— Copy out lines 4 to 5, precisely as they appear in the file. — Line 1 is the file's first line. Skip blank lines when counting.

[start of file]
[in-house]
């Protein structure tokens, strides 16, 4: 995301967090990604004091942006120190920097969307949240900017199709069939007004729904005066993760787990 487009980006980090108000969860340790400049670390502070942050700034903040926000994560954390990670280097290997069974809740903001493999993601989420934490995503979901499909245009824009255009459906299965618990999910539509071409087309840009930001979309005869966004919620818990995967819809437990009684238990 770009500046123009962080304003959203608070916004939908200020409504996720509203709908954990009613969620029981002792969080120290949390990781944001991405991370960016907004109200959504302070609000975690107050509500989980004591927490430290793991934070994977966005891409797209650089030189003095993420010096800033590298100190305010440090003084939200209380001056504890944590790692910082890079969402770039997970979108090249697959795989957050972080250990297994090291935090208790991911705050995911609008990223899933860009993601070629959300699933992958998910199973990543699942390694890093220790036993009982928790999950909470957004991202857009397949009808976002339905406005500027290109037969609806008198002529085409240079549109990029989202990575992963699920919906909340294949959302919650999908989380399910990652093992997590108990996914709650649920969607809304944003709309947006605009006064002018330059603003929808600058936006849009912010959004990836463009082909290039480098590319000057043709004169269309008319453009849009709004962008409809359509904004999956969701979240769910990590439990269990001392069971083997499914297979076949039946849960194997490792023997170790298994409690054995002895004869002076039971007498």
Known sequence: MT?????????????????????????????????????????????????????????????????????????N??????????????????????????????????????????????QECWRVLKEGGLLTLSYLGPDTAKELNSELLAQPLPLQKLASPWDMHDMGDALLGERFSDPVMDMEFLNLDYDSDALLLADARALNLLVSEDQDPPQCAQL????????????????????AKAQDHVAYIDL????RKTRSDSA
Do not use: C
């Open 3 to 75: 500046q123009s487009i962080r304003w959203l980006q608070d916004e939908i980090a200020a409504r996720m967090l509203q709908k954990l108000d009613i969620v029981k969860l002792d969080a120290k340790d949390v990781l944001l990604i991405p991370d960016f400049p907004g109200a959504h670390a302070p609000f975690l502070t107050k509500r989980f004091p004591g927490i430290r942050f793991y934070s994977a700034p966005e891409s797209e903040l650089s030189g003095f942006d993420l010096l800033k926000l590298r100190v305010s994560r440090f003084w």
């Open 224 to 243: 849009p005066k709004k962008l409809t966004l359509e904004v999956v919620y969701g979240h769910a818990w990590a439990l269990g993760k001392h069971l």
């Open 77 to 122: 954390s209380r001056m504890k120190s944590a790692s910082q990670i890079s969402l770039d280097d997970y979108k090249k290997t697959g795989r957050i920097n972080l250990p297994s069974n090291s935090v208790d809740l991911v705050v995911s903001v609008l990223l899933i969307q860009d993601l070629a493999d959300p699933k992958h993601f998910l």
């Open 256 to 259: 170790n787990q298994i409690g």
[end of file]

Do not use: C
């Open 3 to 75: 500046q123009s487009i962080r304003w959203l980006q608070d916004e939908i980090a200020a409504r996720m967090l509203q709908k954990l108000d009613i969620v029981k969860l002792d969080a120290k340790d949390v990781l944001l990604i991405p991370d960016f400049p907004g109200a959504h670390a302070p609000f975690l502070t107050k509500r989980f004091p004591g927490i430290r942050f793991y934070s994977a700034p966005e891409s797209e903040l650089s030189g003095f942006d993420l010096l800033k926000l590298r100190v305010s994560r440090f003084w």